The Criterion Channel, an online streaming service for classic films over the ages, is set to release its first ever slate of 4K Blu-ray movies this year – with iconic flicks from David Lynch, Orson Welles and Jane Campion, among others.
The films include the classic Citizen Kane (Orson Welles), Menace II Society (Allen and Albert Hughes), The Piano (Jane Campion), Muholland Dr. (David Lynch), The Red Shoes (Michael Powell and Emeric Pressburger), and A Hard Day’s Night (Richard Lester).
These six films will get the 4K Blu-ray treatment for the first time, with each title releasing with a 4K Blu-ray, HD alternative, as well as a host of special features. Some titles “will be presented in Dolby Vision HDR and Dolby Atmos,” though we’re yet to hear which ones in particular.
With Dolby Vision offering an even more carefully-calibrated picture over regular HDR, and Atmos widening the possibilities of three-dimensional sound – if you have the right equipment for these formats, that is – there’s little doubt that this is the best way to experience these films without being in an actual cinema.
A blog post for the announcement informs us that more details are coming later in August for the first release, “with others to follow in subsequent months.”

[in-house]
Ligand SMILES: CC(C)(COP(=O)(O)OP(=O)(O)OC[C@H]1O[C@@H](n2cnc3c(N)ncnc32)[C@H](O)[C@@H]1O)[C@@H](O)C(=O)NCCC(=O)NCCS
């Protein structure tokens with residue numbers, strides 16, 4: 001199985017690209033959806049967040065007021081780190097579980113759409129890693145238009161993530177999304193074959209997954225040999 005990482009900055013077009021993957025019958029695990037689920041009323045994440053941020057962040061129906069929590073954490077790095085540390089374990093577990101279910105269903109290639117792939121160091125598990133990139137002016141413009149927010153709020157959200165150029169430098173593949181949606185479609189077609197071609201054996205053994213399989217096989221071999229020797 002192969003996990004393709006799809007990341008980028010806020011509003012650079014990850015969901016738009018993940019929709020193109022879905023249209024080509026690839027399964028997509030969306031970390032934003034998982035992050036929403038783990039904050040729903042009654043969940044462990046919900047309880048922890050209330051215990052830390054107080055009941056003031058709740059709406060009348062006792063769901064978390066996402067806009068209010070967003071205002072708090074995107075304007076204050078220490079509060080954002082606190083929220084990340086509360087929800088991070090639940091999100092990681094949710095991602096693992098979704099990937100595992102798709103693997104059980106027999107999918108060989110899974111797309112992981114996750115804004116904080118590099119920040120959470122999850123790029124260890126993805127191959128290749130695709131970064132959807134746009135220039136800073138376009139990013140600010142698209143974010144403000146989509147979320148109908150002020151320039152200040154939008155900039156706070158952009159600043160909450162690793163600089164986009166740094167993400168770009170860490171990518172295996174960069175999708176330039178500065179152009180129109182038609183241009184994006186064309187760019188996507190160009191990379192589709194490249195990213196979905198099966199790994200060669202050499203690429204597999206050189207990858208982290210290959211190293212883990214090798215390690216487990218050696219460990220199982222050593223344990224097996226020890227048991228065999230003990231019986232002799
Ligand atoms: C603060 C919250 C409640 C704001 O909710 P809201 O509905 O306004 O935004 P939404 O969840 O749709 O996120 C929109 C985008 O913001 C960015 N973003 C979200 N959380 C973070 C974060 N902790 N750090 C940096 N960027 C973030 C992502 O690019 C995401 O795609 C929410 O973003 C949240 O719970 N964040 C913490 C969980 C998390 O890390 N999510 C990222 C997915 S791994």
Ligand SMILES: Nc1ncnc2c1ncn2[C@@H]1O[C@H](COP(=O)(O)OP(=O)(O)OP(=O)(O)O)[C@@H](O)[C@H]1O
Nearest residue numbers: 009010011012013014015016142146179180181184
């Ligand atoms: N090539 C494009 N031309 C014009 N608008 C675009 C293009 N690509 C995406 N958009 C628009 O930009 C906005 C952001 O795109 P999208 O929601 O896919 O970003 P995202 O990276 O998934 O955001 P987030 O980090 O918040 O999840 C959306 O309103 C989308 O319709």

While release times aren’t fully clear, it does mean that you have time to start considering a 4K Blu-ray player for your home theater system – giving as it does a number of advantages over the world of online streaming.
Analysis: The draw of a 4K Blu-ray player
It might be surprising that these films haven’t come to 4K Blu-rays before – if distributors aren’t committing these films to high-res discs, what are they doing with their time?
The first ever 4K Blu-rays were released in 2016 by Sony Pictures Home Entertainment, in a slate that included The Amazing Spider-Man 2, Salt, Hancock, Chappie, Pineapple Express, and The Smurfs 2. And while new Marvel movies may line up with a 4K Blu-ray shortly after a theatrical release, less commercial (read: older) films don’t always get the same treatment as fast.
But the best case for 4K Blu-rays is still getting to watch iconic films in the highest quality possible – and that means getting a 4K Blu-ray player. Any of you with a new PS5 or Xbox Series X will have one included in the disc drive (PS5 Digital Edition and Xbox Series S notwithstanding), anyhow, but standalone models like the Panasonic DP-UB9000 also ensure a lag-free experience and broad format support for the likes of Dolby Vision and HDR10+.
These ‘offline’ solutions mean you’re not at the mercy of internet bandwidth, buffering, or service outages – though as streaming improves, and we get more used to watching Netflix shows on our laptops or phones, the argument for 4K Blu-ray players may be getting weaker.
If you’re yet to jump in, then, you may want to buy a model before production for 4K Blu-ray players dries up even further.